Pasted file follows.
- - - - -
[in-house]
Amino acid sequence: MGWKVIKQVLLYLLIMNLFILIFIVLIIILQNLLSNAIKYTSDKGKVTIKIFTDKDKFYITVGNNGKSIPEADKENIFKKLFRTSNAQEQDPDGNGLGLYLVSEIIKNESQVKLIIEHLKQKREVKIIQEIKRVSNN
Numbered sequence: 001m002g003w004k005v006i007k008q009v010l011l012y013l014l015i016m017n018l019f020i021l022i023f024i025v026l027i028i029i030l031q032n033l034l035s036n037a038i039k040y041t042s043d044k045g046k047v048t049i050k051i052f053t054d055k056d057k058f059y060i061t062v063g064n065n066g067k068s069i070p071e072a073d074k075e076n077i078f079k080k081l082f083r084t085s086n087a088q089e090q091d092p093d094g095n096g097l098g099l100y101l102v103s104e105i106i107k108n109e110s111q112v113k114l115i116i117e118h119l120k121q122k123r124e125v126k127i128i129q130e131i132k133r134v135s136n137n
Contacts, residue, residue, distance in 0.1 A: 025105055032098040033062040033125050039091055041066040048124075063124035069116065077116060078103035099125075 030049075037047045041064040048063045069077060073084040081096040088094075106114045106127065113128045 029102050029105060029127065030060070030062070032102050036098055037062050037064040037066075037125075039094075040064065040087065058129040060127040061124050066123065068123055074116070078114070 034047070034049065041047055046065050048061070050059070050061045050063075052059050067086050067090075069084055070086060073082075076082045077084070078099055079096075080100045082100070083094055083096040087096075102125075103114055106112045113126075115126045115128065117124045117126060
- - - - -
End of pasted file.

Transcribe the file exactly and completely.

[in-house]
Amino acid sequence: MGWKVIKQVLLYLLIMNLFILIFIVLIIILQNLLSNAIKYTSDKGKVTIKIFTDKDKFYITVGNNGKSIPEADKENIFKKLFRTSNAQEQDPDGNGLGLYLVSEIIKNESQVKLIIEHLKQKREVKIIQEIKRVSNN
Numbered sequence: 001m002g003w004k005v006i007k008q009v010l011l012y013l014l015i016m017n018l019f020i021l022i023f024i025v026l027i028i029i030l031q032n033l034l035s036n037a038i039k040y041t042s043d044k045g046k047v048t049i050k051i052f053t054d055k056d057k058f059y060i061t062v063g064n065n066g067k068s069i070p071e072a073d074k075e076n077i078f079k080k081l082f083r084t085s086n087a088q089e090q091d092p093d094g095n096g097l098g099l100y101l102v103s104e105i106i107k108n109e110s111q112v113k114l115i116i117e118h119l120k121q122k123r124e125v126k127i128i129q130e131i132k133r134v135s136n137n
Contacts, residue, residue, distance in 0.1 A: 025105055032098040033062040033125050039091055041066040048124075063124035069116065077116060078103035099125075 030049075037047045041064040048063045069077060073084040081096040088094075106114045106127065113128045 029102050029105060029127065030060070030062070032102050036098055037062050037064040037066075037125075039094075040064065040087065058129040060127040061124050066123065068123055074116070078114070 034047070034049065041047055046065050048061070050059070050061045050063075052059050067086050067090075069084055070086060073082075076082045077084070078099055079096075080100045082100070083094055083096040087096075102125075103114055106112045113126075115126045115128065117124045117126060